All Write Now: writing during the pandemic
By STEPH AUTERI
For Montclair Local
Steph Auteri is a full-time freelance writer and editor who has written for The Atlantic, The Washington Post, Pacific Standard, VICE and other publications. Her memoir, “A Dirty Word,” was released in October 2018. She is a member of Montclair’s The Write Group. For more info, visit stephauteri.com.
The last time I appeared in these pages, I shared a glimpse of my writing life, which included frantic pacing about the house, a chatty child, and an eternal grappling with word count. Little did I know that a global pandemic was on the horizon, and that these things would soon be the least of my worries.
In March, over the span of just a few short weeks, new projects were suddenly pushed back, already-filed articles were postponed and, most disruptive of all, our school district instituted distance learning. Still, after a rough first week of social distancing in which I only just barely resisted the urge to murder my entire family, things began to turn around.
Here’s how: I looked for new angles. The instant that social-distancing directives were instituted, publications stopped wanting anything that wasn’t coronavirus-related. I understood. I, too, was hungry for stories that helped me make sense of what was happening in the world. But I also felt as if my writing experience wasn’t well-suited to the needs of most editors in this moment, and that scared me.
Then a friend pointed out that my niche (sex) was still essential, especially at a time when people were feeling isolated and craving intimacy. So I retooled a recent writing pitch, making its relevance to social-distancing measures even more overt, and immediately landed an assignment. I’m now looking back at old story pitches that didn’t land the first time around and giving them an overhaul.
I reached out to people from my past. After landing the aforementioned assignment, I reached out to a woman I’d worked with in the past to ask for an interview. Several days after that interview, she reached out to me. A company she collaborated with was looking for writers, and it occurred to her that I might be perfect for the job.
Lesson learned? It might be a good idea to reach out to former editors and writing clients and ask if they could use your skills at this time. Because while some organizations are tightening their belts, others are finding that they need writers more than ever.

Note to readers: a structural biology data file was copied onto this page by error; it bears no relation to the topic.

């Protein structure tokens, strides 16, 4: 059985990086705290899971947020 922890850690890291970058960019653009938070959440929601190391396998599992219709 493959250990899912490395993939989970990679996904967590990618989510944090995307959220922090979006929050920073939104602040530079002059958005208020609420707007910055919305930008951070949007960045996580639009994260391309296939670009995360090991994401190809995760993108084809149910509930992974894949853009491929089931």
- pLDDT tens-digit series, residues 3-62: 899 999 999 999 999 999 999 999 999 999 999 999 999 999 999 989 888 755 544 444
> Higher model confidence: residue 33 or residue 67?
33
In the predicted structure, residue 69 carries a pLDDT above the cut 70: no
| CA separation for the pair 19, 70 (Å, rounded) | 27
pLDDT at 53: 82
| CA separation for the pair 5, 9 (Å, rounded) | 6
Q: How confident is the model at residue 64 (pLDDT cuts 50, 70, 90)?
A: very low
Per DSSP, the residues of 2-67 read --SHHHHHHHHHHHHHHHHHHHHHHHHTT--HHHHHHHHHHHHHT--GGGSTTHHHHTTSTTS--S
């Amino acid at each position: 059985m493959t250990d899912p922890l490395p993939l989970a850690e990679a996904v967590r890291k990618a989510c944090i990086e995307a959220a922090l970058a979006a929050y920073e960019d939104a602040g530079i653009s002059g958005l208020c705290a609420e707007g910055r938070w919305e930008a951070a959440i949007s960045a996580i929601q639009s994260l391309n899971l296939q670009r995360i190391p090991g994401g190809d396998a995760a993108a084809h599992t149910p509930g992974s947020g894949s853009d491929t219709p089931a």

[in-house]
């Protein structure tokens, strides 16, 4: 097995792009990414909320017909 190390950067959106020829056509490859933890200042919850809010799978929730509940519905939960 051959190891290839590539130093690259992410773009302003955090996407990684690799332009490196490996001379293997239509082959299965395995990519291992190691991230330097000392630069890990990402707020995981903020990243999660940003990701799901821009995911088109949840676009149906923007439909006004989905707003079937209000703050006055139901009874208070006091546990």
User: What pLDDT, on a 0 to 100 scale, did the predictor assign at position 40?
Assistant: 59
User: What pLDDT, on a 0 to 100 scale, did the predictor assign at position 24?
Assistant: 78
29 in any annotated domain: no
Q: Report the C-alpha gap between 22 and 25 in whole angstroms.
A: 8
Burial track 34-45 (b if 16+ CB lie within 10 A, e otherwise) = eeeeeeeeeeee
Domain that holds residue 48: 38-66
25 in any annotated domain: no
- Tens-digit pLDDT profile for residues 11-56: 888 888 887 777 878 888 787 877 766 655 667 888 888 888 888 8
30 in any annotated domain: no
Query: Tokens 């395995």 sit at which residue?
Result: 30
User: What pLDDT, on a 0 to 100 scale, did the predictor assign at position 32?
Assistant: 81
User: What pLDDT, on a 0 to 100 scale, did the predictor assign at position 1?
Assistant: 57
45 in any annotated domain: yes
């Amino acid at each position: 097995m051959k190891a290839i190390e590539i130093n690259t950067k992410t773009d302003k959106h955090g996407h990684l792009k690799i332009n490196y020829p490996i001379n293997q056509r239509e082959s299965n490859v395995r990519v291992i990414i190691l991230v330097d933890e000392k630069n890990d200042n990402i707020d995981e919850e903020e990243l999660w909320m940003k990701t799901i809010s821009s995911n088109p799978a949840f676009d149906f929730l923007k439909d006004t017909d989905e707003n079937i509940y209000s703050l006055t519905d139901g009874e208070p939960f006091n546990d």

I continued stalking editors online. I’ve mentioned in the past that I follow the Twitter feeds of editors from my favorite publications. At a time when many publications are laying off staffers or pressing pause on new freelance commissions or focusing only on coronavirus content, it can be helpful to use social media as a means of seeing who’s still handing out assignments, and what they’re looking for.
In fact, when the lockdowns first began, I responded to a Twitter thread from an editor at a major publication who was looking to connect with more health journalists. Two weeks later, he reached out to me with a quick turnaround assignment that landed me my very first byline with the publication.
I cut myself some slack. As a person who craves structure (and personal space, for that matter), it’s been difficult for me to accept that, for an undetermined period of time, things are going to be different.
Complete chaos, even.
When that editor reached out to me with that assignment, I suddenly had to be okay with conducting interviews from my front stoop while also watching my daughter do chalk art in the driveway as she waited for her teacher’s pre-scheduled drive-by.
But my editor understood. My sources understood. And embracing the chaos in order to get it all done was worth it.
I embraced new ways of doing things. I’ve been working from home for the past 13 years, so I'm used to remote communication. Still, it’s been a bummer to see events like the Montclair Literary Festival and the Halfway There Reading Series and Free Comic Book Day be postponed.
Out of necessity, however, many places are finding new ways to bring their services to the public. The Montclair Write Group, for example, has been conducting many of its meetings via Zoom. The folks at East Side Mags have been hosting games and art classes online. And when literary magazine Under the Gum Tree asked me to participate in an Instagram Live reading series, I pushed aside my anxiety about the entire internet seeing my quarantine hair and did the thing.
All this being said, it’s okay to not be okay at this time. It’s okay to feel unmotivated or uninspired or anxious or depressed.
But if you’re desperate to write and are worried that there are no opportunities out there? I hope this can convince you otherwise.
People will always need writers. You just have to know where to look.